I’ve had another cooking adventure recently. This one did not end poorly, unlike the macaroni and cheese a few months back. Feel free to read about that escapade here.
Perhaps, it did not fail because I wasn’t the one who cooked. Some friends did, actually. Even though I did not cook, I still consider it an adventure because of the food we made.
Yes, we made Russian pancakes.
For those of you who may not know, I was born in Russia. And besides the time I ate food in Russia before flying to America when I was adopted, I don’t recall ever having any Russian food. And the food I did eat back then, I don’t have any memory of since I was five at the time.
Needless to say, this adventure was quite necessary for the sake of my heritage. I just had to have a small idea of what Russians ate.
So, here’s what I discovered.
Russian pancakes are like crepes, but a little bit thinner—at least the ones we made. They are not like the thick buttermilk American ones. I honestly don’t know if there are other versions of them. But, I do know that Bulgarian pancakes are like crepes, too. Perhaps, it is just a non-American tradition.
To tell you the truth, I was rather curious to see what they tasteed like. I am not much of a crepe person. Granted, I am pretty sure the only time I’ve had a crepe is at IHOP, which could be part of my problem.
Plus, I absolutely love pancakes. In fact, I am that person who has a preference between pancakes and waffles. I’ve made both and much preferred the pancakes over the waffles.
Although I have a preference, I don’t really understand why there is this competition between the two of them. They are made practically the same way. Maybe it is a question of who wants to put their syrup in little compartments. I’d love to hear if you all know why there is this battle between the battered breakfast items.
Regardless, it took quite a bit of time to make the Russian pancakes. It took much longer than one may anticipate, which is probably why my friends don’t make them often. And from what I could see, they can be a bit difficult to make, depending on the size of one’s pan.
We had some with cinnamon and sugar inside them. Then, there were others with cherries on top of them. Again, I don’t know if that is the traditional way, but it is how my friends preferred to eat them, so I went with it. Much like the crepes I’ve had before, they can be a bit of a sweet meal.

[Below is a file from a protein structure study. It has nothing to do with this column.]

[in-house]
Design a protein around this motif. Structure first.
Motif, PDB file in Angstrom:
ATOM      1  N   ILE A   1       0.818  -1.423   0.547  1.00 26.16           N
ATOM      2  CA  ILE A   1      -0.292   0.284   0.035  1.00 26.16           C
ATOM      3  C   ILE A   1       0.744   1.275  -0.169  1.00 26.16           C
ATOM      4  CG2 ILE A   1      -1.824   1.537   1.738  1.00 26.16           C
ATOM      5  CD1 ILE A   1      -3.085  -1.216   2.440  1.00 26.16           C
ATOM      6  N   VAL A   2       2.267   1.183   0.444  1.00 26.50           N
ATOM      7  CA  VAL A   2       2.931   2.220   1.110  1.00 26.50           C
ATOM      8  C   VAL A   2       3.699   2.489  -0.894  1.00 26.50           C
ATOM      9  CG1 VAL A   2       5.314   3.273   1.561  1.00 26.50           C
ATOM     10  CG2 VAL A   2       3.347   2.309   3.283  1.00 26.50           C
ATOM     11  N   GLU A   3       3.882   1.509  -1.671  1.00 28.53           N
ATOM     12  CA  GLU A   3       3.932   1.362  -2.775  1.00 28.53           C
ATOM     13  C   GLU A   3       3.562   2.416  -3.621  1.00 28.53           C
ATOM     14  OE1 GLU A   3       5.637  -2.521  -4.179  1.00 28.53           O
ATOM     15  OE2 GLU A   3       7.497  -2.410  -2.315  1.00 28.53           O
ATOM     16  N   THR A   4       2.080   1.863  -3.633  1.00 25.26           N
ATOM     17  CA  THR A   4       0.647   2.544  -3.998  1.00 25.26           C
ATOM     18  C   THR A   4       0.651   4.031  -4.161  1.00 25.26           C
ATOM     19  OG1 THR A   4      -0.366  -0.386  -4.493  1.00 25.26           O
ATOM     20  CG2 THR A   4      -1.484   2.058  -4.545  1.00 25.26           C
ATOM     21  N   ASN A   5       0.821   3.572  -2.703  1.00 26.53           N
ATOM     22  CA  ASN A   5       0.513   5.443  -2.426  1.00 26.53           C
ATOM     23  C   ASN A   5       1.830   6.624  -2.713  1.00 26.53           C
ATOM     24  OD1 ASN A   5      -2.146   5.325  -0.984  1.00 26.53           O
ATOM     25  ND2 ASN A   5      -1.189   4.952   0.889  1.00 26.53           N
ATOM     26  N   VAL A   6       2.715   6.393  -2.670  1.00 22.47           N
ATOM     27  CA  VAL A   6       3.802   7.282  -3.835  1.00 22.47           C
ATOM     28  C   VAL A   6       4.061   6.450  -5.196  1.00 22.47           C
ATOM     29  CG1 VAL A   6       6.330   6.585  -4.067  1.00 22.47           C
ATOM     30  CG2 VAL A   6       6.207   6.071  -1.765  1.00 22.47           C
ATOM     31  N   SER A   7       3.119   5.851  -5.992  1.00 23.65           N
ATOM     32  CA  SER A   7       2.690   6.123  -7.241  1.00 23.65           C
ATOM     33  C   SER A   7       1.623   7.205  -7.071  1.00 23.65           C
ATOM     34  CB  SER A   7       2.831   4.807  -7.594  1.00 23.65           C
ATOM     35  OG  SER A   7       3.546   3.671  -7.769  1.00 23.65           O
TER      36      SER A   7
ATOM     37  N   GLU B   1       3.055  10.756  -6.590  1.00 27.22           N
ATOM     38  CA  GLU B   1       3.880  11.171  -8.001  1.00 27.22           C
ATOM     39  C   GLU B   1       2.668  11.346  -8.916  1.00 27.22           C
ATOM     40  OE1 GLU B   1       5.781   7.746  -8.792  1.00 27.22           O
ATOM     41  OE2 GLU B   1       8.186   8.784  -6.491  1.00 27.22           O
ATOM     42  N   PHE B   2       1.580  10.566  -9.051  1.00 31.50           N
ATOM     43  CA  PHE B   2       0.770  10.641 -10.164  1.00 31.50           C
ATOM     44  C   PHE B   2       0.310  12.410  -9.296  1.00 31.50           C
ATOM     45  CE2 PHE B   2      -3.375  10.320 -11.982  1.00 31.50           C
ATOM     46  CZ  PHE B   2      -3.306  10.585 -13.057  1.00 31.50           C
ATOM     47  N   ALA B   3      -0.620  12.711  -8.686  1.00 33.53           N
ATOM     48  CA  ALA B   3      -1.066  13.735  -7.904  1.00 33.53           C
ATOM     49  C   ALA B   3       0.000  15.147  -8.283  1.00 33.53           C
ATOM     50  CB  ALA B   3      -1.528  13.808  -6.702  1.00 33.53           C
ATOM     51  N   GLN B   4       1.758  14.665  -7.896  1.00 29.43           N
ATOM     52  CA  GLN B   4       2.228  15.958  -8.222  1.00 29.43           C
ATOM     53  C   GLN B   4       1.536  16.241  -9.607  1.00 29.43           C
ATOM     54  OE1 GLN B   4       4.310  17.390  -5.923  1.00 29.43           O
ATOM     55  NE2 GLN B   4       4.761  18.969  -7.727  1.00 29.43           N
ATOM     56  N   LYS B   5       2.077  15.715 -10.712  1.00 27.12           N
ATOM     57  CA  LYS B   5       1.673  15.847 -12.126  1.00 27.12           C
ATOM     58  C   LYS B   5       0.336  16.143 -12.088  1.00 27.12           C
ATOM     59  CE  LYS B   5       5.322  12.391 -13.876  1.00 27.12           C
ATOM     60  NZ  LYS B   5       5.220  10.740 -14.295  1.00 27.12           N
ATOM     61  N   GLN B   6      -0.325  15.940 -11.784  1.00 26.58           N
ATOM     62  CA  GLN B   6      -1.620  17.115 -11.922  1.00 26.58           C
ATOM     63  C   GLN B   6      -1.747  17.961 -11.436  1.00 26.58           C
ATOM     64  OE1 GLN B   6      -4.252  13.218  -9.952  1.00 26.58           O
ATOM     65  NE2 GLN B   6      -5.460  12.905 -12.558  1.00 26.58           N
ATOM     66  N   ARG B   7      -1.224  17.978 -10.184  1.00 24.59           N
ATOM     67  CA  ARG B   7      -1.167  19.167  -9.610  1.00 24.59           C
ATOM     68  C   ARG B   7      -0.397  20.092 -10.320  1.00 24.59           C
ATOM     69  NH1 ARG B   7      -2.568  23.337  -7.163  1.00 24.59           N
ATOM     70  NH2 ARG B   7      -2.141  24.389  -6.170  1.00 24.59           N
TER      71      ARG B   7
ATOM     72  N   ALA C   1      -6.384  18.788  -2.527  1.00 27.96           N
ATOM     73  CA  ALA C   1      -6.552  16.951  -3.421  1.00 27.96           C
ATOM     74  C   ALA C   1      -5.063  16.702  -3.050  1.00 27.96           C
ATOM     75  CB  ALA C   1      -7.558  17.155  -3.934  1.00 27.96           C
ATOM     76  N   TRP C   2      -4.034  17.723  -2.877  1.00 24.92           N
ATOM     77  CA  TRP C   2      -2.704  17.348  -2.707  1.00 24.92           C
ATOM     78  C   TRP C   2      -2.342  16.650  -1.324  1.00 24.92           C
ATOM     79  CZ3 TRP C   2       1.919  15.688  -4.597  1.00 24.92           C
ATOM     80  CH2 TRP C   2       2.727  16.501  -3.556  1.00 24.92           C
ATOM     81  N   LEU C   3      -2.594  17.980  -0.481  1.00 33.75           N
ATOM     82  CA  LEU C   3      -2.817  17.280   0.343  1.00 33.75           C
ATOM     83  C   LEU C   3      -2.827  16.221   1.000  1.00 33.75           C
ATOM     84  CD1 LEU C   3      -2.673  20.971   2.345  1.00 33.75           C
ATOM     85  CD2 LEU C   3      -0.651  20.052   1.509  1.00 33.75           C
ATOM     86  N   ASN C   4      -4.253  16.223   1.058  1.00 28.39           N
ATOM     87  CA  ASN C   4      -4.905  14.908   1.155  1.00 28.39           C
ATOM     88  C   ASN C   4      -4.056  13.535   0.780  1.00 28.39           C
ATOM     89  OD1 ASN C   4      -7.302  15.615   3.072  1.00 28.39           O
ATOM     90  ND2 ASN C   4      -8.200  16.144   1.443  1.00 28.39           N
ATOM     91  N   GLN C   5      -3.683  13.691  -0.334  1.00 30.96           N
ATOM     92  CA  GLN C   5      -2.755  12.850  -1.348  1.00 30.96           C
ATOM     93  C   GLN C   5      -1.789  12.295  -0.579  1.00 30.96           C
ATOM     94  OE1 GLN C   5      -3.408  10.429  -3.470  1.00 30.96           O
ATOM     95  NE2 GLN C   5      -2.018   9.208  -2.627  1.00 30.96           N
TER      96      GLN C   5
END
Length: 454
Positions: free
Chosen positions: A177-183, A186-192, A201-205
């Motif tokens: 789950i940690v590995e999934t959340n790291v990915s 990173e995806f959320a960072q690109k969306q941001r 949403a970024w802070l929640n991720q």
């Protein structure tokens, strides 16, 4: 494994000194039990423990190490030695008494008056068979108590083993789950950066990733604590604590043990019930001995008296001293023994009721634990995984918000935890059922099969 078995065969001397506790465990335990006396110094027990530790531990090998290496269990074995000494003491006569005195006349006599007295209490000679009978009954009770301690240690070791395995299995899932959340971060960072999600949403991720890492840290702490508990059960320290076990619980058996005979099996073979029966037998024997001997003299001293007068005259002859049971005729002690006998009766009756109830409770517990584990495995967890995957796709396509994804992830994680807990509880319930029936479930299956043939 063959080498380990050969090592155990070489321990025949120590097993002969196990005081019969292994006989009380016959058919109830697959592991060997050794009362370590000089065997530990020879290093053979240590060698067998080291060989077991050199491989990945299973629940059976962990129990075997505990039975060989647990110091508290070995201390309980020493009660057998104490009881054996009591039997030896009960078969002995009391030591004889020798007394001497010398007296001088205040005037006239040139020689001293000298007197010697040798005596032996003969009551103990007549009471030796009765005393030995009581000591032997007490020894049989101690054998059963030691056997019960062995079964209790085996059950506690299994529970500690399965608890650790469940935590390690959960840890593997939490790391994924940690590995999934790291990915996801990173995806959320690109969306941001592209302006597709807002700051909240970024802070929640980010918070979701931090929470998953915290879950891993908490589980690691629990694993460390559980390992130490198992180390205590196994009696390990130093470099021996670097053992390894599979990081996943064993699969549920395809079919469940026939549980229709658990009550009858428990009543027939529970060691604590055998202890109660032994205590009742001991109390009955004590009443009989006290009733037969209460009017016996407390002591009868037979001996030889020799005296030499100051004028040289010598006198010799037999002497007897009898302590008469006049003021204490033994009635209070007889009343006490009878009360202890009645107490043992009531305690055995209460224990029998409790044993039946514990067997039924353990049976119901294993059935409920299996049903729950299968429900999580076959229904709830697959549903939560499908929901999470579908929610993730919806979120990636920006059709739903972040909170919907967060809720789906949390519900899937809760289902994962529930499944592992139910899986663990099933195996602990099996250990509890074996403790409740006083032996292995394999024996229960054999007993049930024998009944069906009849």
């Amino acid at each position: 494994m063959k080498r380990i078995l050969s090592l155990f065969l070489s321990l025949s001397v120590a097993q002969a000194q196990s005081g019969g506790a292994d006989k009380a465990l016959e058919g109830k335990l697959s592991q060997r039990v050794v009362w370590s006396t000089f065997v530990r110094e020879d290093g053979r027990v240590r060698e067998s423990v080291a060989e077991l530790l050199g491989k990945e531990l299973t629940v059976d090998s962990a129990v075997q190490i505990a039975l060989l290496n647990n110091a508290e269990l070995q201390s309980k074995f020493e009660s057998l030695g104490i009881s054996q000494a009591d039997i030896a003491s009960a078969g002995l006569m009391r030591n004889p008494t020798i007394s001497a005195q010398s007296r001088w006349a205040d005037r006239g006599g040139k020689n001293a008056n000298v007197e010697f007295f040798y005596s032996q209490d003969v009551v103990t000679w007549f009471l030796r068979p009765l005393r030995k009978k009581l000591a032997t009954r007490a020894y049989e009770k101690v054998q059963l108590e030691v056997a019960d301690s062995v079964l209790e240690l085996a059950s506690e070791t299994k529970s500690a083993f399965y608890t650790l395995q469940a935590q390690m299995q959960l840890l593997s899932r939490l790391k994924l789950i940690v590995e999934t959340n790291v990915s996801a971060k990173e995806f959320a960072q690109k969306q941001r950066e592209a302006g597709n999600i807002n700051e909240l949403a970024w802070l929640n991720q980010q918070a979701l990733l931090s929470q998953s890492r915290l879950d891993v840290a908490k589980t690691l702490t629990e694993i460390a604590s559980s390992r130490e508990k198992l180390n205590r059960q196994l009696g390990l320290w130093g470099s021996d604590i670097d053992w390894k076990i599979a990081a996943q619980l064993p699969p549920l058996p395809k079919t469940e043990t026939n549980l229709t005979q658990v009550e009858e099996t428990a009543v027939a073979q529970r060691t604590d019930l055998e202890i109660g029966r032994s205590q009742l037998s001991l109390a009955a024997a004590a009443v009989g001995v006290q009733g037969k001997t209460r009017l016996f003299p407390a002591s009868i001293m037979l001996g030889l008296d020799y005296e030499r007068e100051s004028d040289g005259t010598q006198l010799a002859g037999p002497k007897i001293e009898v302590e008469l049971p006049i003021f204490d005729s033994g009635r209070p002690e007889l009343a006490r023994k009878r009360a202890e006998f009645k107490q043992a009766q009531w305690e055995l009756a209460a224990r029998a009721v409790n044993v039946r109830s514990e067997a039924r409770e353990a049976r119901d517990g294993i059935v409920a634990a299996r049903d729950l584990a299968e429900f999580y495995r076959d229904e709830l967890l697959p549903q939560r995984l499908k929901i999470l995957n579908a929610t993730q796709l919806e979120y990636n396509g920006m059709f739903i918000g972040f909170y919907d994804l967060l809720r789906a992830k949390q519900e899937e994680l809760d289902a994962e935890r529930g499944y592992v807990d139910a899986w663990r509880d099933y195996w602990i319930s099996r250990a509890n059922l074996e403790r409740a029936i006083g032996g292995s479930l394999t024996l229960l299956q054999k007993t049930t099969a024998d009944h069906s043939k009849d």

Much to my surprise, I enjoyed them! I usually don’t like sweet food, especially for breakfast. I quite liked the subtle sweetness of the cinnamon and sugar with the thin crepe. It helped greatly that I controlled how much cinnamon and sugar was on them.
I would not consider the ones we made to be enough for a full meal, which is why we had to have other items alongside them. Honestly, that was a bit of a let-down for me. But, I usually don’t like to have a large breakfast so maybe I’d fit right in. We had ours for dinner, thus my need for more substance.
All in all, though, I am extremely thankful for my friends’ hospitality and willingness to make the Russian pancakes. I don’t know about you, guys, but it sure does mean a lot to me when those around me embrace my heritage and identity right alongside me. Or, better yet, in this case, they help me learn even more!
Because, as I’ve said before, my Russian heritage will always be a part of who I am, even though I don’t know much about it or understand it completely. Therefore, I am grateful to anyone who helps me make greater sense of it.
I don’t know what Russian food I’ll be cooking next or when I will tackle the Russian pancakes recipe myself. But, I do know I want to go to a restaurant that serves Russian food for my birthday. Here’s to hoping I can give you all an update about that in the near future!
Regardless, my call to you is this: Be honest about who you are and where you come from. You never know who knows a little something about your heritage. It is a part of you, even in the form of a breakfast item.
Thank you dearly for taking time out of your lives to read my blog! Your support means the world to me. I praise God you found this blog, whether you stumbled upon it accidentally or sought it out intentionally.
I’d LOVE to hear from you all! Feel free to leave a comment or e-mail me at firstname.lastname@example.org.
I pray God would bless you and be with you always, no matter where you find yourselves in life.
He was delivered over to death for our sins and was raised to life for our justification. – Romans 4:25 (NIV).